ILM: And now dubstep has found its way into the mainstream. Skreams remix of La Roux's In For The Kill is being played out on Radio 1 by daytime DJs. How do you feel about the heightened awareness of the genre?
Benga: I love it to be fair. I'm not against anything mainstream. When someone makes a song like Skream’s version of La Roux, if it is genuniely what he is doing and then it blows up into the mainstream, then I have a lot of respect for that. Rather than actually trying to create tracks for the mainstream, or trying to get number ones, it’s just natural and I respect it.
ILM: What would your advice be to anyone looking to follow in your footsteps?
Benga: I'm all for keeping it natural. I've done stuff before where I've tried to go in this direction or that direction and do things that weren't really me. It's only a matter of time before you get lost and find yourself asking 'What do I do next?' The more natural you keep it, the less likely you are to get lost. Carry on doing your own thing and people will pick up on it. It's a matter of time really, before people pick up on it. Especially if it's different, you can keep it up and it's you.
ILM: What's next for Benga?
Benga: My plan musically is to put together my next album. I've been DJing a lot so my next album is coming first. To be fair, I want to be my last album like ten times over.
ILM: Woah. Well that's going to be insane isn't it...
Benga: Yeah I know. I set myself these targets. These amazing ones! But that's the only way you can do it.
ILM: How long did Diary of An Afro Warrior take?
Benga: Right, for the main tracks, without the ones like Night, 26 Basslines and Crunked Up which were around before I started creating the album, it took me about two months.
ILM: Really?! Two months?! No way....
Benga: Hahaha! Yeah, I write so quickly. I wrote 50 songs in two months.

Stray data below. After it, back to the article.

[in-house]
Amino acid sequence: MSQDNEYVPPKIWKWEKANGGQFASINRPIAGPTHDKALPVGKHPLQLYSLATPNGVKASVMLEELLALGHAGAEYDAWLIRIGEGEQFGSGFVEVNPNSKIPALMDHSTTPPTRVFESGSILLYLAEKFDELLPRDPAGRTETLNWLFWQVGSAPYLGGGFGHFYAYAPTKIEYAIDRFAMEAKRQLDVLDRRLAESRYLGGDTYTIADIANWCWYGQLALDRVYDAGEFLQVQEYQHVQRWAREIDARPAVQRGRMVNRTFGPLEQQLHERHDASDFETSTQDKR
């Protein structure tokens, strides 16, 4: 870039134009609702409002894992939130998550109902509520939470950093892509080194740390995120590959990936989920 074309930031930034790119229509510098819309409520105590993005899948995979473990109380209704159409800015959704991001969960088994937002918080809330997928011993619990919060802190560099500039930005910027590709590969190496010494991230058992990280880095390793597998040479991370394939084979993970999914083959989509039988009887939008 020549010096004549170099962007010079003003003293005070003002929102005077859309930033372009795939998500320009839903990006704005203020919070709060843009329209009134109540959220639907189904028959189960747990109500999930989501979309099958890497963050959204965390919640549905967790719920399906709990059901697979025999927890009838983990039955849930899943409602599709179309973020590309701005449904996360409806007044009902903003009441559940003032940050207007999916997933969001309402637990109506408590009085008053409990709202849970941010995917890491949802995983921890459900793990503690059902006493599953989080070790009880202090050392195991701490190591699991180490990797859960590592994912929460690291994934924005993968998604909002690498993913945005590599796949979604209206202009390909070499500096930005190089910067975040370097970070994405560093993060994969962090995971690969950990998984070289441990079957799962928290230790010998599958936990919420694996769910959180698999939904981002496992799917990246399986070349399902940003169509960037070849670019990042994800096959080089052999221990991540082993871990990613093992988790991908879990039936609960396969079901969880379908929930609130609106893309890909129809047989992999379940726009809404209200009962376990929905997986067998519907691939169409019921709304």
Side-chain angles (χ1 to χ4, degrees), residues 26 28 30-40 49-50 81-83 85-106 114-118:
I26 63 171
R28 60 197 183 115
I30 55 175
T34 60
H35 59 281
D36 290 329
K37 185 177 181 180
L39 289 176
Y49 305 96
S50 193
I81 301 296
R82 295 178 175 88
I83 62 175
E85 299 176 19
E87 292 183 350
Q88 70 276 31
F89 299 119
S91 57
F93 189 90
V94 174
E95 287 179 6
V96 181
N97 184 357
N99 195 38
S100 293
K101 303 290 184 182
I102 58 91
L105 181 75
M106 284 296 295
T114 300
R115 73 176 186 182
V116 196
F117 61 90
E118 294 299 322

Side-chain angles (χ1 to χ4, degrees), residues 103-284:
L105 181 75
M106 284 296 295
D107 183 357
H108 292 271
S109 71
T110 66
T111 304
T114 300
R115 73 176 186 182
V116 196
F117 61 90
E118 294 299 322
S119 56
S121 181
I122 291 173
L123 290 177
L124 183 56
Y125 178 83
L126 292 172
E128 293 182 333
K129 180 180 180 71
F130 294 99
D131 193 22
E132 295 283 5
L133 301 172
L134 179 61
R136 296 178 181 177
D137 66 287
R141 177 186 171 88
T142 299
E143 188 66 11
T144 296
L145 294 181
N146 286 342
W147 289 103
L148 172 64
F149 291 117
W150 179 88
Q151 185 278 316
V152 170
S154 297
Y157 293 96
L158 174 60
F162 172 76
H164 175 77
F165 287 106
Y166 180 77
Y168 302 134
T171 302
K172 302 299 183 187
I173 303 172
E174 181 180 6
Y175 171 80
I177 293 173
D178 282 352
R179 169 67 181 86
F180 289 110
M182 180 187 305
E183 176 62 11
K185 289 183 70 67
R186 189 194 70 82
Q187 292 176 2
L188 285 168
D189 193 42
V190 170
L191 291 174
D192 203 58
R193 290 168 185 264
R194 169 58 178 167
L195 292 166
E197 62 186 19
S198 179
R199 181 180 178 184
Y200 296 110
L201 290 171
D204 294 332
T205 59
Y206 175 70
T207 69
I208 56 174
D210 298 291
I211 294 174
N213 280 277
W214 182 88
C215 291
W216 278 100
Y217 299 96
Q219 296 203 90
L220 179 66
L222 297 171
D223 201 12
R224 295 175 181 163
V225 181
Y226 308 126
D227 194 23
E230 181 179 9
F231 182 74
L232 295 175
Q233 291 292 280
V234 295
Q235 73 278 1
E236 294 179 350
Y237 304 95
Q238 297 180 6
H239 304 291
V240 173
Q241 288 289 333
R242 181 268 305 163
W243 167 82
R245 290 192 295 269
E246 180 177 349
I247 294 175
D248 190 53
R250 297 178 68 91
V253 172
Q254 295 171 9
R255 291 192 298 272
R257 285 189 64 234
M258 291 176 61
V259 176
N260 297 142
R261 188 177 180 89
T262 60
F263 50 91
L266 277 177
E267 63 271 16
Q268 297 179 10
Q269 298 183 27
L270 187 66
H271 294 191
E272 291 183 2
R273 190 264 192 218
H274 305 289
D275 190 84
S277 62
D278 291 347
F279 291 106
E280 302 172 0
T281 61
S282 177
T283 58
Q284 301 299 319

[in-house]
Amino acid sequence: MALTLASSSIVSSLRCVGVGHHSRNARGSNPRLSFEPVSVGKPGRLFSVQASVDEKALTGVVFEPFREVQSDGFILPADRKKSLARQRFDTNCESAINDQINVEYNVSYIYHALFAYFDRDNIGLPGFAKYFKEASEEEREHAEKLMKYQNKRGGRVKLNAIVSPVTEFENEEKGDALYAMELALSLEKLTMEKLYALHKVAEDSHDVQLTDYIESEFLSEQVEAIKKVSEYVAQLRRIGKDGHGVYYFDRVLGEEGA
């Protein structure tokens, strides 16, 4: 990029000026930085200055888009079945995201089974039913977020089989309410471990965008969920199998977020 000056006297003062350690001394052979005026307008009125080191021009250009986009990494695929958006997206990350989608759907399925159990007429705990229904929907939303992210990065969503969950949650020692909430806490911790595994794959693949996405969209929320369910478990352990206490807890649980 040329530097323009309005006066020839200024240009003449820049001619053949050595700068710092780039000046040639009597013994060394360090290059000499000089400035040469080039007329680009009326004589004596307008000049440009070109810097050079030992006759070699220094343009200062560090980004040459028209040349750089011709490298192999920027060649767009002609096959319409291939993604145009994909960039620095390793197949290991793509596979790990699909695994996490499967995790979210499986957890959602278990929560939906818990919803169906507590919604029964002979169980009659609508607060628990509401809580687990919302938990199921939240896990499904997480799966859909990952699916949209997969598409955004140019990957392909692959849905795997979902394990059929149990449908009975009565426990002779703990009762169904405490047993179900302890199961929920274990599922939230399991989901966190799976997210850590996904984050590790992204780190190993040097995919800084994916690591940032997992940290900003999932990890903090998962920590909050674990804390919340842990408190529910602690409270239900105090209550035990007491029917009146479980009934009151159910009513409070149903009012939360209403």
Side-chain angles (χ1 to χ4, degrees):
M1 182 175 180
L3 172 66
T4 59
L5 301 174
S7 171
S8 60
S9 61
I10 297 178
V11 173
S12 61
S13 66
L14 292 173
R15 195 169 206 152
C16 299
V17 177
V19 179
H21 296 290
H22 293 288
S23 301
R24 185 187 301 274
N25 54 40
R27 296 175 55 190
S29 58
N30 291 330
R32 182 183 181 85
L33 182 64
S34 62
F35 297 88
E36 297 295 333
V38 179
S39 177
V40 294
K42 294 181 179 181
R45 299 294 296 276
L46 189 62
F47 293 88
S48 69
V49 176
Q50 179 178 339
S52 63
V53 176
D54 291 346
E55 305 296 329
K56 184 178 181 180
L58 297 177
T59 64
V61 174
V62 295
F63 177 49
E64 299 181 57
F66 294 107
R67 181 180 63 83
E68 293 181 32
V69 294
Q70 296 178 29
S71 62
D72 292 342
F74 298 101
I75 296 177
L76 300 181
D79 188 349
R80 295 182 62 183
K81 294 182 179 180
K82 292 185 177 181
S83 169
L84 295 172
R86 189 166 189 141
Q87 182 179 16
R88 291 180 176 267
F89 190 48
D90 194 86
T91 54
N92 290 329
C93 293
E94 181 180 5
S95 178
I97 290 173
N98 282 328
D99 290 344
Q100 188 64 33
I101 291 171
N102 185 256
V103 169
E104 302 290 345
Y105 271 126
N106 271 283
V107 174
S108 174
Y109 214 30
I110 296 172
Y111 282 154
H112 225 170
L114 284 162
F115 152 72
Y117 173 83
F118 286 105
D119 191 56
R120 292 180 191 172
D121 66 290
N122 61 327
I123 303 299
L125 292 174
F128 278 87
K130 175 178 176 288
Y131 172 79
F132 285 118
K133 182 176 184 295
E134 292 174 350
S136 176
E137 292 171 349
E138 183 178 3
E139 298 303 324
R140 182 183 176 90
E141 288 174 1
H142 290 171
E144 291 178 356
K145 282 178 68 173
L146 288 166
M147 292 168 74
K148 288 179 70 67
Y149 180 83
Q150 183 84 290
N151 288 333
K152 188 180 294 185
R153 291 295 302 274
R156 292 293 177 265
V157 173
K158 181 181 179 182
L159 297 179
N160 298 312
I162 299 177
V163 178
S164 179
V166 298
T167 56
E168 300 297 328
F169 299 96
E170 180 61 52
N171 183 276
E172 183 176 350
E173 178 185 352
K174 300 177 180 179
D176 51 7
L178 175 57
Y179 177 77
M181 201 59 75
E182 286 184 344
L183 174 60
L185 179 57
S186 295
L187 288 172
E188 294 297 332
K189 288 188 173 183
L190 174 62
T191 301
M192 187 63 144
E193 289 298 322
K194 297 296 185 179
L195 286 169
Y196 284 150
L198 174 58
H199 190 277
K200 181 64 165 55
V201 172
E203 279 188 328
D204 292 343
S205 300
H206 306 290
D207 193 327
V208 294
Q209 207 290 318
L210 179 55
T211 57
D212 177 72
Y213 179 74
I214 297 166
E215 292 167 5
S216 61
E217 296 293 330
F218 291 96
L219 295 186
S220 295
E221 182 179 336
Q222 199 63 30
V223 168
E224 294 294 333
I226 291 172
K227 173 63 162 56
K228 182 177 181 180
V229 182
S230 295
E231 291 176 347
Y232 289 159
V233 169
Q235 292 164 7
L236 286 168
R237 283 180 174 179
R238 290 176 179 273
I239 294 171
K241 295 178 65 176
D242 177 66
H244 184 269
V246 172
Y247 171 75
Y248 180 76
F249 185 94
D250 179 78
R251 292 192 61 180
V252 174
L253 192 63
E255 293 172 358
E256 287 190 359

ILM: So in terms of your next album and also the future of dubstep, what are the next steps? What's going to push it forward?
Benga: Riiiiiiiight. I think vocals, but don't get me wrong, the right vocals, that will definitely push it. I've gone about working with a lot of artists from everywhere. I want to do a few songs with these guys called the Teriyaki Boyz. They're like a Japanese group. I just want to do different things. Things that'll make people go 'Wow. That's well different.' And it sounds really different. You know, involving different cultures and sounds and vocals. I don't know...haha!
ILM: What music are you listening to at the moment?
Benga: Got to big up Jack Beats. I'm on iTunes all the time searching for music by Jack Beats. A lot of the fidget house stuff. I am into that. What Diplo's playing, what Sinden is playing. Erm...I guess I'm still all over the place. I'm a radio listener. I listen to the radio when I'm on my way to gigs and stuff. I always hear things on there and I'm just like 'Woah. That's interesting, I'll go and look it up.' I'm into Erol. I'm into Justice. That's a funny one for me to say I'm into. But yeah, I'm definitely in to that....hahaha!